Espresso or coffee beans. Flat white or pour over. Dark or light roast. One of the wonderful things about coffee is its versatility to come in so many different forms.
Yet, one of the last places you might think to get your coffee fix is at a bubble tea shop.
At Bubble T Break in Newcastle, UK though, you’ll find exactly that. Co-partner, Shiyu Liu (), expressed that as bubble tea’s popularity has been growing in the UK, so has the desire for coffee bubble tea.
Liu as she begins the process of making a coffee bubble tea
As the first bubble tea business in Newcastle, Liu commented that it’s been encouraging to see a steady growth of customers over time. Since 2012 when Bubble T Break opened their doors, eight other bubble tea shops have begun in Newcastle. Newcastle resembles the trend of growth for bubble tea shops that many other cities have seen in the UK and the United States.
A Short History On Bubble Tea
Bubble tea was first introduced to the west coast of the US in the 1990’s after it was invented in Taiwan in the 1980s at a Chun Shui Tang teahouse. The drink started as a fad in the US, but it quickly began to grow in popularity.
According to Grace Xu, a journalist at Business Today, part of the reason that the tea trend has continued to grow is due to the drink’s uniqueness along with its ability to be appealing to people with radically different palette preferences.
“The versatility of bubble tea as a product lends itself to innovation. As boba became more popular, new flavors were introduced,” Xu said. “As the first wave of the bubble tea craze was starting to die down, new boba trends started to emerge; it was Americanized. New bubble tea sellers opened that marketed their teas to customers who frequented coffee shops.”
So, What Is Bubble Tea?
Bubble tea can go by several names, including milk tea, boba tea, pearl milk tea, or tapioca tea. While bubble tea tends to be one of the most popular names for the drink, it’s a misconception that the word “bubble” refers to the tapioca balls resting at the bottom of the drink.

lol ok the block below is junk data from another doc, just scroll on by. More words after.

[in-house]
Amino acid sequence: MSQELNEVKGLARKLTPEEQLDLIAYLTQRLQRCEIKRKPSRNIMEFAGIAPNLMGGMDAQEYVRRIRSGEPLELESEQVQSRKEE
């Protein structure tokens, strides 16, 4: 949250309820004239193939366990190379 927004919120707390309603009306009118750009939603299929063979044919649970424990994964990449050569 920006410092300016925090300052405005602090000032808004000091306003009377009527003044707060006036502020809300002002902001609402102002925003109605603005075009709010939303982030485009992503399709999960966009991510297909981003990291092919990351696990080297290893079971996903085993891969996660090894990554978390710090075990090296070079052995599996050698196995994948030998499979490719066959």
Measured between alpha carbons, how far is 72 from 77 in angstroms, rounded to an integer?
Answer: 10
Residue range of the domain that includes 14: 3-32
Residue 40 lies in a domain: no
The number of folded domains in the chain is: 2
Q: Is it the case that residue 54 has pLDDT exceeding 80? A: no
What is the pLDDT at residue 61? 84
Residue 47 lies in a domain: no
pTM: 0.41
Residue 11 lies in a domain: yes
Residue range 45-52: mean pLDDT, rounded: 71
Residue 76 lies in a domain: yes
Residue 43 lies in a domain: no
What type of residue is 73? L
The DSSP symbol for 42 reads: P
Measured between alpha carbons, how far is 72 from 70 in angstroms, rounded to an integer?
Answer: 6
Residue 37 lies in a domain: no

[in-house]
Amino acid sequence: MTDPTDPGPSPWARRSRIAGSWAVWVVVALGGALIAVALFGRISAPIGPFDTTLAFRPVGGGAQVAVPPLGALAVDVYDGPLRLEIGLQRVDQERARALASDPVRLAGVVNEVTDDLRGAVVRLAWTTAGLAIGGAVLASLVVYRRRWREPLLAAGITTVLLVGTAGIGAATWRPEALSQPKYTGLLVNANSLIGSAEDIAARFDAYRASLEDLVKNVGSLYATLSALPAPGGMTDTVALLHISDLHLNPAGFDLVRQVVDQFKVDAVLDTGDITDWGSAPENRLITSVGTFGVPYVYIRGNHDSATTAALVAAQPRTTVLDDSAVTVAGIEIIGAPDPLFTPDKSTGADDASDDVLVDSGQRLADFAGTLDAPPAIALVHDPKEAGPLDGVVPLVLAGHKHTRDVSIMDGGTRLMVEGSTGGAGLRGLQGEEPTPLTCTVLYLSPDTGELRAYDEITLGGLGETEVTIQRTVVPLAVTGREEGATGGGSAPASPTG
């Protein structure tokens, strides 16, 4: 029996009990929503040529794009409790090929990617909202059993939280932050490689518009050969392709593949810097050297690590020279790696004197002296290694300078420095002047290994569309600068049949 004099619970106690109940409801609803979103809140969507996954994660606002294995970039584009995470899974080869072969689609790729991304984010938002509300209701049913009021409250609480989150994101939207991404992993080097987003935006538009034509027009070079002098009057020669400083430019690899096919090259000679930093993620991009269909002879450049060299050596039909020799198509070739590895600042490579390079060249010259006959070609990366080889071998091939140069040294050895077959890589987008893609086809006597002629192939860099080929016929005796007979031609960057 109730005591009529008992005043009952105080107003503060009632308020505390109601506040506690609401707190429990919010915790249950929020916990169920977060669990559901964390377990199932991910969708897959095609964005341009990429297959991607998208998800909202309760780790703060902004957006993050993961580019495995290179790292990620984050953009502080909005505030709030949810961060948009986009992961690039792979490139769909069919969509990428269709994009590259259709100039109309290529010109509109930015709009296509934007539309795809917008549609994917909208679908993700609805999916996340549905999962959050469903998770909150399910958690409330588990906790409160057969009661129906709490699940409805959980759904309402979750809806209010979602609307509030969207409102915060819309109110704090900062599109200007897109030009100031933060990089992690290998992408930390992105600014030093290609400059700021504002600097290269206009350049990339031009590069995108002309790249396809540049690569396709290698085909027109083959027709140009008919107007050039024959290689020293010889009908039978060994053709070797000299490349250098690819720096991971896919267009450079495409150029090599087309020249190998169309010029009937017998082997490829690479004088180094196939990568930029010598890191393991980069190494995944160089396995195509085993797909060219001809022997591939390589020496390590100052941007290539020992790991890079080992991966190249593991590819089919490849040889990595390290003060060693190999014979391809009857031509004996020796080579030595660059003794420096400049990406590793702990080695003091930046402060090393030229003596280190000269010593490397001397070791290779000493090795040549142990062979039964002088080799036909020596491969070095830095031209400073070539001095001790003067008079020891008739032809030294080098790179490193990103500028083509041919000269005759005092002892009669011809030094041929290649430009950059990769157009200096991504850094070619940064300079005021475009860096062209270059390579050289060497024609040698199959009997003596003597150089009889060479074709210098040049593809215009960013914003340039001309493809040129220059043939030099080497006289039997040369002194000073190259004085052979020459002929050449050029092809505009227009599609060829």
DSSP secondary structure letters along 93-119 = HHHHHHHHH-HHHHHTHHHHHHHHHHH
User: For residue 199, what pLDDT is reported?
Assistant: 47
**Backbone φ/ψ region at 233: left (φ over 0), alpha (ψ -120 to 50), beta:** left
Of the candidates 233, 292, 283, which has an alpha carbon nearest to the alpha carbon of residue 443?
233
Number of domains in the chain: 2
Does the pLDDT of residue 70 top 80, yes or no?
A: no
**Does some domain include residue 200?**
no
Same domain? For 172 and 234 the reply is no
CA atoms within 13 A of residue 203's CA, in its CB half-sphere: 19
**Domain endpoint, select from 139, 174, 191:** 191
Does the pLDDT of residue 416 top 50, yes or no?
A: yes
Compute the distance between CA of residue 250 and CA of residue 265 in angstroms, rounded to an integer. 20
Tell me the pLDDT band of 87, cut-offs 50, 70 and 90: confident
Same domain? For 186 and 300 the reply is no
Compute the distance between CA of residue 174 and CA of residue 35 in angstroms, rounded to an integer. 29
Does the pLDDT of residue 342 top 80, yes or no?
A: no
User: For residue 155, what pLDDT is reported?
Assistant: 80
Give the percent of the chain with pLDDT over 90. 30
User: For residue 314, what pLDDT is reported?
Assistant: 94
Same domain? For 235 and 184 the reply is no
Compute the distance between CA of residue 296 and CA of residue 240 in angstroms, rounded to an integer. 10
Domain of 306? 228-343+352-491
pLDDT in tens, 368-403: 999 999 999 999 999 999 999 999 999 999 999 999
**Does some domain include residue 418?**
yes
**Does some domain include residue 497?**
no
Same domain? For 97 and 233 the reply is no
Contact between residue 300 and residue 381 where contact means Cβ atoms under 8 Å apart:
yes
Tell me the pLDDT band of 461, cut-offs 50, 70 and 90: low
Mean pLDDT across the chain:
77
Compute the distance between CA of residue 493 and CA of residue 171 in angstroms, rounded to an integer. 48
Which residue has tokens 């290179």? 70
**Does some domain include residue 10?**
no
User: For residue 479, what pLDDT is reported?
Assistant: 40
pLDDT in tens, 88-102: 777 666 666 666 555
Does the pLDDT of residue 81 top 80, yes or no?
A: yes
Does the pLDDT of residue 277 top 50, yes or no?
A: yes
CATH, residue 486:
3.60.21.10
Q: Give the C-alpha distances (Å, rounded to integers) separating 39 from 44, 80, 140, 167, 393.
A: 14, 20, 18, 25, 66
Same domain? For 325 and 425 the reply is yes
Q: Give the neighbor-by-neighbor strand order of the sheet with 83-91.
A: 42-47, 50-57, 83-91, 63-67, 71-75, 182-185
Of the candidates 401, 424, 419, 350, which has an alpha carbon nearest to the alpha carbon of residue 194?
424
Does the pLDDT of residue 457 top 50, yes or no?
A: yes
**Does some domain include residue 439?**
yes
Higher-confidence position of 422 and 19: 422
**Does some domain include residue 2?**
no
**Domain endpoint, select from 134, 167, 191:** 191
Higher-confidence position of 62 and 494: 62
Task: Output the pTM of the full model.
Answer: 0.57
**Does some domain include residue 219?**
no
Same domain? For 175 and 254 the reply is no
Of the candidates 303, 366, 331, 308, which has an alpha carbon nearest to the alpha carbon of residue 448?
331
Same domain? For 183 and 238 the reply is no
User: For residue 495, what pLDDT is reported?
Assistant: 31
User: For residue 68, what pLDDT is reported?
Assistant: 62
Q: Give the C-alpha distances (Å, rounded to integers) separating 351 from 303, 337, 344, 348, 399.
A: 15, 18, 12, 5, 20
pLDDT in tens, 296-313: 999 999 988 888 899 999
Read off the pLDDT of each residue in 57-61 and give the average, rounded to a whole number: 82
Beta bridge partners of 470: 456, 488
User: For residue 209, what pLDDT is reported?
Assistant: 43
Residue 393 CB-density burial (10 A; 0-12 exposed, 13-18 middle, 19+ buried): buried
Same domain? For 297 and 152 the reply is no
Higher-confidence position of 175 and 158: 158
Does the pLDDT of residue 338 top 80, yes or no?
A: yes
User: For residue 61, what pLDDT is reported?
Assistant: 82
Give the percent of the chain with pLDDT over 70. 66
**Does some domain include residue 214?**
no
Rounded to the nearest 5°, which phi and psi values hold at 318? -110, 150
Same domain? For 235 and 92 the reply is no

Instead, the phrase “bubble tea” refers to the milk froth that is created when the drink is being shaken, while the word “boba” is a Taiwanese slang term for pearls and references the chewy balls at the bottom of the drink, according to Khushbu Shah from Mic.
A machine adds the sealed top to the bubble tea. Customers poke their straw through the plastic when they’re ready to drink it.
Bubble tea can be created from black, green, oolong, or white tea, depending on the consumer’s preference. Usually milk is then mixed into the tea, and a customer can select if they want their drink to be anywhere between 25-100% sweetness. Then, the character defining element of bubble tea is added: the tapioca pearls.
While the pearls offer virtually no flavor, they offer a unique flavor unlike other drinks on the market.
“One challenge we find with new customers is them getting used to the
pearls,” Lui said. “They usually don’t know what to expect.”
Liu as she served my bubble tea. She told me what to expect from the texture of the tapioca pearls before trying them.
Despite this, bubble tea is converting many new customers into regulars. On a global scale, the bubble tea market is expected to grow its worth from $2.4 billion in 2019 to $4.3 billion by 2027. In the US alone, the market value is expected to grow by $963 million during 2019-2023.
With its versatility, bubble tea isn’t a “fad” that will be fading away anytime soon. So, the next time you’re looking to mix up your coffee routine, check out a bubble tea shop that offers a coffee/tea combo. Just be sure to not slurp down the tapioca pearls too quickly.